Tectaria Group

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Tectaria Group


Hairs consisting of several cells, not intergrading with scales, variously present on most parts of the frond, the prominent upper surface of costae of lamina-segments in a majority of cases (at least near the base) covered with short erect hairs of several cells, the outer cell-walls thin and collapsing on drying (in other cases hairs in this position may remain firm on drying);


Old World present, Pantropic present
Pantropic with greatest diversity in the Old World; about 20 genera.


In the 19th century the form of sori and condition of venation (free or anastomosing) were by most authors regarded as the most important bases for classification. Thus the free-veined members of the present group were associated with Dryopteris and free-veined Thelypteridaceae, and exindusiate species were separated generically. This led to confusions of various kinds.

The first major work in the 20th century was Christensen's subdivision of the unnatural aggregate of species under Dryopteris in his Index Filicum (1905) which included all free-veined ferns with reniform indusiate sori and their obvious exindusiate relatives. For the first time he distinguished Ctenitis from Dryopteris, pointing out the relationship of the former to Tectaria and also the distinctive characters of thelypteroid ferns (some of which have anastomosing veins). In his last major survey of the classification of all ferns (1938) he retained a major family Polypodiaceae with Dryopteridoideae as one subfamily; this included, in section A, Dryopteris and Tectaria with other genera related to them, with Thelypteridaceae in section B.

In 1940 Ching divided Christensen's Polypodiaceae into several families, one being Aspidiaceae, similar to Christensen's Dryopteridoideae section A of 1938. Ching divided it into two tribes, Aspidieae and Dry opter ideae. In 1947 Holttum accepted Ching's two tribes, with minor changes, but placed them as subfamilies in a major family Dennstaedtiaceae, with the idea that Polypodium and its immediate allies form a very different group of ferns. Copeland, writing independently in 1947, recognized a large family Aspidiaceae, including Thelypteris and its allies, also Athyrium/Diplazium and the Lomariopsis group of genera. In his conspectus (1947: 153) the genera here dealt with appear as allies of Ctenitis; to them should be added Cyclopeltis which he associated with Polystichum, and Dryopolystichum excluded. Pichi Sermolli (1977) included both dryopteroid and tectarioid genera in his family Aspidiaceae and did not accept a division of it into two groups.

Holttum (1984) discussed the above history in more detail, still retaining separate groups associated with Dryopteris and Tectaria and objecting to the Tryons' arrangement in their book of 1982 in which the two groups are confused. In 1986 Holttum presented a conspectus of all Old World genera of the Tectaria alliance, with comments on those of the New World, pointing out the peculiar characters of Dryopsis Holttum & Edwards which perhaps connects the two groups. Most species of Dryopsis are in Mainland Asia but two are Malesian.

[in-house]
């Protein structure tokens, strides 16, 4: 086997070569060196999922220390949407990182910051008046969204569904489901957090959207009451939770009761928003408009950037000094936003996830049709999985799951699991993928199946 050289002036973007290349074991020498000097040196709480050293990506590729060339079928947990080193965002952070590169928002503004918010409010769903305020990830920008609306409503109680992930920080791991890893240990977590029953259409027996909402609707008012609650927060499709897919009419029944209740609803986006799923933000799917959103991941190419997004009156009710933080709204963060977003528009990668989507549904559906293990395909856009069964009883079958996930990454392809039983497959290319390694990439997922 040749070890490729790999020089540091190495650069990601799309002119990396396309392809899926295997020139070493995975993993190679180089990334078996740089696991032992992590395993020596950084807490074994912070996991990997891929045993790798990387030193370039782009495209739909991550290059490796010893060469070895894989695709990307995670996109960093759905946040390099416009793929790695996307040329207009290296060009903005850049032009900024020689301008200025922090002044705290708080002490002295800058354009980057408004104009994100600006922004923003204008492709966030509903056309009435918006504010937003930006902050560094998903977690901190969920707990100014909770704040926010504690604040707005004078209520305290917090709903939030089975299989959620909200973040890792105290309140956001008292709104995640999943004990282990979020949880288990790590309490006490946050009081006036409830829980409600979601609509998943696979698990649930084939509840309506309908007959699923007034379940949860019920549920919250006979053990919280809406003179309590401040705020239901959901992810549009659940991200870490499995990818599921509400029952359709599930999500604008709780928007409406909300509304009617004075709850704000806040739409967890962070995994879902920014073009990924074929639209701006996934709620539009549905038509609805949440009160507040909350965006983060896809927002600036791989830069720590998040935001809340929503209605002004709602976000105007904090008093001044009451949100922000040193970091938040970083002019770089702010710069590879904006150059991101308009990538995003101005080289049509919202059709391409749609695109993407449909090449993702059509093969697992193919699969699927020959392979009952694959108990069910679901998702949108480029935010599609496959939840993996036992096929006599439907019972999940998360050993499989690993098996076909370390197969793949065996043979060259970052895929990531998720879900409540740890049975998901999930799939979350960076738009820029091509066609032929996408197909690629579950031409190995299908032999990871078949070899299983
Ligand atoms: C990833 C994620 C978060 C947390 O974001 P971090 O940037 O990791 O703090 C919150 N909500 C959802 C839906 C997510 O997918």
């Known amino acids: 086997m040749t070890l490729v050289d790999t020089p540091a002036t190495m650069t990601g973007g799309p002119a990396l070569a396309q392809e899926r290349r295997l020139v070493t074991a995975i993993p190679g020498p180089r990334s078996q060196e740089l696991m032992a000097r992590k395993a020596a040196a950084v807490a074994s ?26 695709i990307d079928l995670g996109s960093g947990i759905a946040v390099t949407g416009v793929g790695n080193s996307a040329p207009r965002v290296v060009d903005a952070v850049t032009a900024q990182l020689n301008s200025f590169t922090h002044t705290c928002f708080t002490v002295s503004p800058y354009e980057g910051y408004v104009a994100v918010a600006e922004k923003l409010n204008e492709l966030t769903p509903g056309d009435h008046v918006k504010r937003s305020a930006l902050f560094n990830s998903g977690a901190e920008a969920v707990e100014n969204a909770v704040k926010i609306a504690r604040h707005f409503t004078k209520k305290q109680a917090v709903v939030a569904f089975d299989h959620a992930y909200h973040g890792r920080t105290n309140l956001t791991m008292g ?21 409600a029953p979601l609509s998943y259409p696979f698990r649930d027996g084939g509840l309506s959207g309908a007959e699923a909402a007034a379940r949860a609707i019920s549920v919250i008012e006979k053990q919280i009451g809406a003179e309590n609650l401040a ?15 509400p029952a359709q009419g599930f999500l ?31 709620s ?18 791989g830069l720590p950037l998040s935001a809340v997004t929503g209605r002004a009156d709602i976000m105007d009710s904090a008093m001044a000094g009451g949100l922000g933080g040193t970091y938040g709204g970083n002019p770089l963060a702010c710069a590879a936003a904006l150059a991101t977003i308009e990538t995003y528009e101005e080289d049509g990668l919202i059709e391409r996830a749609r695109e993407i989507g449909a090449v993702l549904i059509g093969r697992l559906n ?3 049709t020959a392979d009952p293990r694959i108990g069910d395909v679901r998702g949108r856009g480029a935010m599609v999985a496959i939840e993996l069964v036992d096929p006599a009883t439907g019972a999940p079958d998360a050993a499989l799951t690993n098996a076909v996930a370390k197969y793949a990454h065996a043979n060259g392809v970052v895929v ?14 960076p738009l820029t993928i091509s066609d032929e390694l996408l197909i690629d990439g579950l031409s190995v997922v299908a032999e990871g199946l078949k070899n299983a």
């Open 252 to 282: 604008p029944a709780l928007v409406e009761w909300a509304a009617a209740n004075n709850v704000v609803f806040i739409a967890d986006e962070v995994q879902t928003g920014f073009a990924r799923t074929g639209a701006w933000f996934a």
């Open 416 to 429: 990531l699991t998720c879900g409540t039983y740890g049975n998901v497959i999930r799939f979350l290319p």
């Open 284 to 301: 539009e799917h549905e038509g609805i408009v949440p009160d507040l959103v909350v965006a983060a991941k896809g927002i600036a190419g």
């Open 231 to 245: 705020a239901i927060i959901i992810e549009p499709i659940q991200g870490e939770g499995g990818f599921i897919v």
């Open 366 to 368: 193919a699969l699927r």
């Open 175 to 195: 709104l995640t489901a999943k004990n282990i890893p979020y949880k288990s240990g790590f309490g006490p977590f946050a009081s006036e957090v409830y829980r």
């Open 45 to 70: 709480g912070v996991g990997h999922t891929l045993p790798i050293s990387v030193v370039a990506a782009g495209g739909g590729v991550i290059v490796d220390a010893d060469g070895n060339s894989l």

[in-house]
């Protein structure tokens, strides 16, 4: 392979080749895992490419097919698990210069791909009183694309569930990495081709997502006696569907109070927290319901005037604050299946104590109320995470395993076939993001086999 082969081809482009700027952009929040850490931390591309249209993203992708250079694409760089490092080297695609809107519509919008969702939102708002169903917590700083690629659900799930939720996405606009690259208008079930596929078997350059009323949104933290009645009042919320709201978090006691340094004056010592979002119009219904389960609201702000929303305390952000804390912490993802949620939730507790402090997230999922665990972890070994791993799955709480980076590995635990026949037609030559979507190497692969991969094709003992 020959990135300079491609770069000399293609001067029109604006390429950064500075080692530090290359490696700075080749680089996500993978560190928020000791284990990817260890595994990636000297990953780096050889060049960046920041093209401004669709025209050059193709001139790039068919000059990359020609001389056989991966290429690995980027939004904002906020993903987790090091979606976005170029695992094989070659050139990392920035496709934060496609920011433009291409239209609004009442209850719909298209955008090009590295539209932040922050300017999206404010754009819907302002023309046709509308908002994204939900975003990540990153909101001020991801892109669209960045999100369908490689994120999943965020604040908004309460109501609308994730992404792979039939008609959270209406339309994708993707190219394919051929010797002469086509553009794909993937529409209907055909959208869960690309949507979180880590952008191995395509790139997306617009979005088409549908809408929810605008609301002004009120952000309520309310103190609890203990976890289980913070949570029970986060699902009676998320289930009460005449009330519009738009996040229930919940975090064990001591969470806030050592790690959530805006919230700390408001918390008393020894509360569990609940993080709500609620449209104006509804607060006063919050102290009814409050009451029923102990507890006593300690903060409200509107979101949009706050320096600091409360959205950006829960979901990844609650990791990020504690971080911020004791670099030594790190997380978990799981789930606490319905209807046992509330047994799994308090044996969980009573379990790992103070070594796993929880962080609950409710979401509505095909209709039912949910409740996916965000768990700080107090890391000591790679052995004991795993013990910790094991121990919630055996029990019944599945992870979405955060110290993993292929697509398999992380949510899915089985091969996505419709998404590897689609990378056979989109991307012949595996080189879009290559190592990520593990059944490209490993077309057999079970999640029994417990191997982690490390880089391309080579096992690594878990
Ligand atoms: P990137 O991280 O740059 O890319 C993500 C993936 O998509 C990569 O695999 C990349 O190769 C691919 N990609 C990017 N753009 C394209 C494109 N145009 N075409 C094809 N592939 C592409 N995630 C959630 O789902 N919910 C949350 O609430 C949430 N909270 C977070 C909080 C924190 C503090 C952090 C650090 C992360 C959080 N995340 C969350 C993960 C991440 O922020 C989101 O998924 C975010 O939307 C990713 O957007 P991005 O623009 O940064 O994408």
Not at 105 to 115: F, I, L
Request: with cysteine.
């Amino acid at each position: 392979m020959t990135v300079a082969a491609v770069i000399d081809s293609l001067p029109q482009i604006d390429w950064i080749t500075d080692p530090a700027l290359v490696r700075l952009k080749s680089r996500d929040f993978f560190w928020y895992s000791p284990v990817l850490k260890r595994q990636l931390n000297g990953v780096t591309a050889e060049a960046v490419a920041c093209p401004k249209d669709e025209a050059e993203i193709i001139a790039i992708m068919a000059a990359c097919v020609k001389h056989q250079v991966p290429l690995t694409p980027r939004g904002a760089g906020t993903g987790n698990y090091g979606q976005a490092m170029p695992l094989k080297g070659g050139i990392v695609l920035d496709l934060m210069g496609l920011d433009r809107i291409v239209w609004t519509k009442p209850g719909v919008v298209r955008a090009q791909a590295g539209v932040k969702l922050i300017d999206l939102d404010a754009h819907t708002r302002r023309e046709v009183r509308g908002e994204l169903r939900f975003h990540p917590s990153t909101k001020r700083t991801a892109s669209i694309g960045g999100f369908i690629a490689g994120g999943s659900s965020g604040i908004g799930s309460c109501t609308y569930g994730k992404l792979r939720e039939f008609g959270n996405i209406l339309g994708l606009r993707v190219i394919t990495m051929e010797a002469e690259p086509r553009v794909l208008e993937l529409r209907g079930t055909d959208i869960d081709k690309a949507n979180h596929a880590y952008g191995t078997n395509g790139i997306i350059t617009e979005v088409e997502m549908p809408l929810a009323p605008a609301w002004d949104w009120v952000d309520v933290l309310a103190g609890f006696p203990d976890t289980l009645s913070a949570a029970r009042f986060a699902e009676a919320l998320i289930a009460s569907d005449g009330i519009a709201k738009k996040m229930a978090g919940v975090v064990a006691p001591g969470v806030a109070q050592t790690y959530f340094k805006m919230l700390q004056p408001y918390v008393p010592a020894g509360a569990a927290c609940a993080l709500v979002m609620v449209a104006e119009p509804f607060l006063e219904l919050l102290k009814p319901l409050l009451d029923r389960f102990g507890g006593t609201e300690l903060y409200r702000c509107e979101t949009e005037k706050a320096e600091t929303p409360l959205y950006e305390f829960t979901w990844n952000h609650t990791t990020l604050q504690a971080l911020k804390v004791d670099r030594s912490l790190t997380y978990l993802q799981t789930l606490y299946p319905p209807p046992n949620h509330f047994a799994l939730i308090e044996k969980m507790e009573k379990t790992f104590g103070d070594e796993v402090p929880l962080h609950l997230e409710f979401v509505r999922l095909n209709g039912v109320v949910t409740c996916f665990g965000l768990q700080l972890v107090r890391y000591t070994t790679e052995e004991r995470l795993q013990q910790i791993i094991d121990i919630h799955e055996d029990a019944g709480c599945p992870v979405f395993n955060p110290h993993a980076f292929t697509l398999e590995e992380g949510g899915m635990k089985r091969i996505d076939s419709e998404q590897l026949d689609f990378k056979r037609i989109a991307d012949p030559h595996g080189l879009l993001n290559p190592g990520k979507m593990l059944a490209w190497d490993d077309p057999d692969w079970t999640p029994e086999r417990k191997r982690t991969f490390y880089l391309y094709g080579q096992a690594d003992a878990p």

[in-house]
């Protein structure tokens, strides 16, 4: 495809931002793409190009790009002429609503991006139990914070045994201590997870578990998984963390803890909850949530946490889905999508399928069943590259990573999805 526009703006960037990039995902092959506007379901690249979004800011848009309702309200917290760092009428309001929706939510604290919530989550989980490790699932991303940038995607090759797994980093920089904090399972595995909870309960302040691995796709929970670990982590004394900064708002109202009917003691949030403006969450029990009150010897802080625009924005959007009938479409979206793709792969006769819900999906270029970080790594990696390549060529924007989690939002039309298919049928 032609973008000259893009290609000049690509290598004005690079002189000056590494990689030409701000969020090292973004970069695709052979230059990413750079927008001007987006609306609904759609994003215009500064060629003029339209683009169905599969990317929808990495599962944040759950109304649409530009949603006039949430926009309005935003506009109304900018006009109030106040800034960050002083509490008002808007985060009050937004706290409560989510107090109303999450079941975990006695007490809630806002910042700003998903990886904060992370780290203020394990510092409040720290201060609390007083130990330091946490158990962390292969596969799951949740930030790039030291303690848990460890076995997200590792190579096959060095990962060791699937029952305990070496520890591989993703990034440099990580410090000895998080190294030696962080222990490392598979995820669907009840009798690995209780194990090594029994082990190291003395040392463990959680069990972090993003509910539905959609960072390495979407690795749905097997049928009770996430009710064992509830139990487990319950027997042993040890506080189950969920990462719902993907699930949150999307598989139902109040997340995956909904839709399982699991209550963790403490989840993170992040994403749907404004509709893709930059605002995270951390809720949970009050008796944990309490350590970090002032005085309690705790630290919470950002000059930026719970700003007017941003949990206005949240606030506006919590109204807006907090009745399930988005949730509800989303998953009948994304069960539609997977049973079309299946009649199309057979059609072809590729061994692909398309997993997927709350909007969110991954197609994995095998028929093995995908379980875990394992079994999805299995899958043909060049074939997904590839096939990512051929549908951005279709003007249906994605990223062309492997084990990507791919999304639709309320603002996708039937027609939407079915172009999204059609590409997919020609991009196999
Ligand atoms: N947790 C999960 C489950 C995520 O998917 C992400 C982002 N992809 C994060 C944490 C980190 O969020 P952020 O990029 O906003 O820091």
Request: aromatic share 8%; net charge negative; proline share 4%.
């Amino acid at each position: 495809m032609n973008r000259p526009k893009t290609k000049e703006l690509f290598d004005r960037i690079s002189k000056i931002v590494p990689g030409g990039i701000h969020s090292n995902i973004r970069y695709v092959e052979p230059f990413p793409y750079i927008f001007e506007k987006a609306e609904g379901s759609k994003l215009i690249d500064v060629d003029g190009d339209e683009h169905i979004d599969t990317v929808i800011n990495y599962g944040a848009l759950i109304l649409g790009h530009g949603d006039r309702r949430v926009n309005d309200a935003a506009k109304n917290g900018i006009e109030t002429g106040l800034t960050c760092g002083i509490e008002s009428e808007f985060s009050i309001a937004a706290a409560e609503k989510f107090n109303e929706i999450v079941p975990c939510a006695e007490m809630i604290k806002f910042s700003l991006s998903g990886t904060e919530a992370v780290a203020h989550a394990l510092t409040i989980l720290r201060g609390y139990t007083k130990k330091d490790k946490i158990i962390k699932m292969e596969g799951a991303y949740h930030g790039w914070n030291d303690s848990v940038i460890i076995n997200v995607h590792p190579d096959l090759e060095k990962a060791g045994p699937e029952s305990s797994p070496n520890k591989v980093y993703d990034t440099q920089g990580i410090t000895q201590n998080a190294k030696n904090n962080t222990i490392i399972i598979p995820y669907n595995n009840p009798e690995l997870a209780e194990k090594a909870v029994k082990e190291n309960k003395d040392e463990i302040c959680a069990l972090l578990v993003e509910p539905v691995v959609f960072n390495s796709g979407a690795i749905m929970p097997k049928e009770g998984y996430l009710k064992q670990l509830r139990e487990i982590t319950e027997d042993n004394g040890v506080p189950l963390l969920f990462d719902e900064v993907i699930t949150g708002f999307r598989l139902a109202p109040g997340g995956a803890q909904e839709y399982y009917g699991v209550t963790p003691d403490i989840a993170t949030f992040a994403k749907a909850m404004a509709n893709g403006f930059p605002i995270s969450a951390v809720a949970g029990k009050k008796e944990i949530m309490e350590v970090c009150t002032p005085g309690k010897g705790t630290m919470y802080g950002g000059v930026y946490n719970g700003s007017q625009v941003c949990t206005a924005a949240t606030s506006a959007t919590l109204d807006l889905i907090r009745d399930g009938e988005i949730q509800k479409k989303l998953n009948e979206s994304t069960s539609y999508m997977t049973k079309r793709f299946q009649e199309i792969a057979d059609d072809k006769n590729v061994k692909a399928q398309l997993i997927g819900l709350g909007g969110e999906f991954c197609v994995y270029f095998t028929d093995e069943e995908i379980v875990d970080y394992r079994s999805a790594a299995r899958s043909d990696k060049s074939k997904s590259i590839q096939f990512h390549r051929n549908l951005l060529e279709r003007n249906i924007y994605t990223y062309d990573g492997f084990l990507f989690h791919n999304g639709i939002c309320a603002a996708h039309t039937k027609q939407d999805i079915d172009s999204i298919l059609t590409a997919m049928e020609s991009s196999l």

The structure of the junction of the bases of leaflets and the rachis that bears them is here presented as the most clear distinction between the genera allied to Dryopteris and those allied to Tectaria. This is seen best in Lastreopsis, Ctenitis and Pteridrys (see fig. 311 in Holttum 1955: 524). In Lastreopsis the relationship is exactly as in Davallia; Ctenitis only differs in the margins of the lamina which are not thickened where they are decurrent on the rachis-wing. In Cyclopeltis the relationship of pinna-base to rachis is only evident near the apex of the frond. An arrangement close to Davallia is also shown by Rumohra, a genus included by several authors in Aspidiaceae. But Rumohra differs from all the genera here included in its strongly dorsiventral rhizome-structure, comparable to that of Davallia though not identical with it, and also in its scales. Rumohra differs from Davallia in its distribution (widely in South America, also in southern Africa and Australasia) and in its spores. In Malesia, it only occurs in New Guinea. It is perhaps a connecting link between Davallia and the Tectaria group; it needs a comprehensive new morphological study.

Pichi Sermolli (I. c. 1977: 238) has stated that there are four different types of rachis-structure in Aspidiaceae but he deals only with the junctions of main rachis with pinna-rachises, not with the relationship between lamina- elements and the smaller distal rachises which I believe to be significant. I have expressed disagreement with him in 1984 (l. c.: 314).


Base chromosome number 40 or 41.


1955 – In: Revis. Fl. Malaya. p 494
1984: Studies fern genera I, pp. 313-319. – In: Fern Gaz.
1986: Studies fern genera VI, pp. 153-167. – In: Gard. Bull. Sing.